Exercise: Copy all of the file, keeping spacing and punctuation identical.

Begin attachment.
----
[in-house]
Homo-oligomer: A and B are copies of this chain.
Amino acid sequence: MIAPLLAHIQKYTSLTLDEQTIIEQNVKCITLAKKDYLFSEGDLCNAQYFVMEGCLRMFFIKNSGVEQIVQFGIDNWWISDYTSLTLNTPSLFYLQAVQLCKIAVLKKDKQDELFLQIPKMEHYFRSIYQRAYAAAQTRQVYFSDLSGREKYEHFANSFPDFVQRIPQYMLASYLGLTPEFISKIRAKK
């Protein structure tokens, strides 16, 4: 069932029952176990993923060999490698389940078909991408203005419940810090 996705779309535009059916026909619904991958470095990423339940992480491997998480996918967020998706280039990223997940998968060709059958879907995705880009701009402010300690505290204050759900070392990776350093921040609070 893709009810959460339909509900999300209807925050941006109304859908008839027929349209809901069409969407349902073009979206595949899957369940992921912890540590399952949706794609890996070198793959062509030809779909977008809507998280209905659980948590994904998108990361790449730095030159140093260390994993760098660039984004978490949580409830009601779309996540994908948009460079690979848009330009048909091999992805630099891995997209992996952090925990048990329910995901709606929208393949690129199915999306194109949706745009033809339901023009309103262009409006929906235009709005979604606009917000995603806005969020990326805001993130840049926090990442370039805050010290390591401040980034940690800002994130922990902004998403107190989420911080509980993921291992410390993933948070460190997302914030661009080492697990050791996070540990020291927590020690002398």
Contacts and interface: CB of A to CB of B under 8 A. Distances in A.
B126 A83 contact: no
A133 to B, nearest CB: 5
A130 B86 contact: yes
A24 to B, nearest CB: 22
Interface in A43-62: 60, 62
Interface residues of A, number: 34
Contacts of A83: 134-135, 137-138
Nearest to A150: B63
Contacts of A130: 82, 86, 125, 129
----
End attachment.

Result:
[in-house]
Homo-oligomer: A and B are copies of this chain.
Amino acid sequence: MIAPLLAHIQKYTSLTLDEQTIIEQNVKCITLAKKDYLFSEGDLCNAQYFVMEGCLRMFFIKNSGVEQIVQFGIDNWWISDYTSLTLNTPSLFYLQAVQLCKIAVLKKDKQDELFLQIPKMEHYFRSIYQRAYAAAQTRQVYFSDLSGREKYEHFANSFPDFVQRIPQYMLASYLGLTPEFISKIRAKK
């Protein structure tokens, strides 16, 4: 069932029952176990993923060999490698389940078909991408203005419940810090 996705779309535009059916026909619904991958470095990423339940992480491997998480996918967020998706280039990223997940998968060709059958879907995705880009701009402010300690505290204050759900070392990776350093921040609070 893709009810959460339909509900999300209807925050941006109304859908008839027929349209809901069409969407349902073009979206595949899957369940992921912890540590399952949706794609890996070198793959062509030809779909977008809507998280209905659980948590994904998108990361790449730095030159140093260390994993760098660039984004978490949580409830009601779309996540994908948009460079690979848009330009048909091999992805630099891995997209992996952090925990048990329910995901709606929208393949690129199915999306194109949706745009033809339901023009309103262009409006929906235009709005979604606009917000995603806005969020990326805001993130840049926090990442370039805050010290390591401040980034940690800002994130922990902004998403107190989420911080509980993921291992410390993933948070460190997302914030661009080492697990050791996070540990020291927590020690002398």
Contacts and interface: CB of A to CB of B under 8 A. Distances in A.
B126 A83 contact: no
A133 to B, nearest CB: 5
A130 B86 contact: yes
A24 to B, nearest CB: 22
Interface in A43-62: 60, 62
Interface residues of A, number: 34
Contacts of A83: 134-135, 137-138
Nearest to A150: B63
Contacts of A130: 82, 86, 125, 129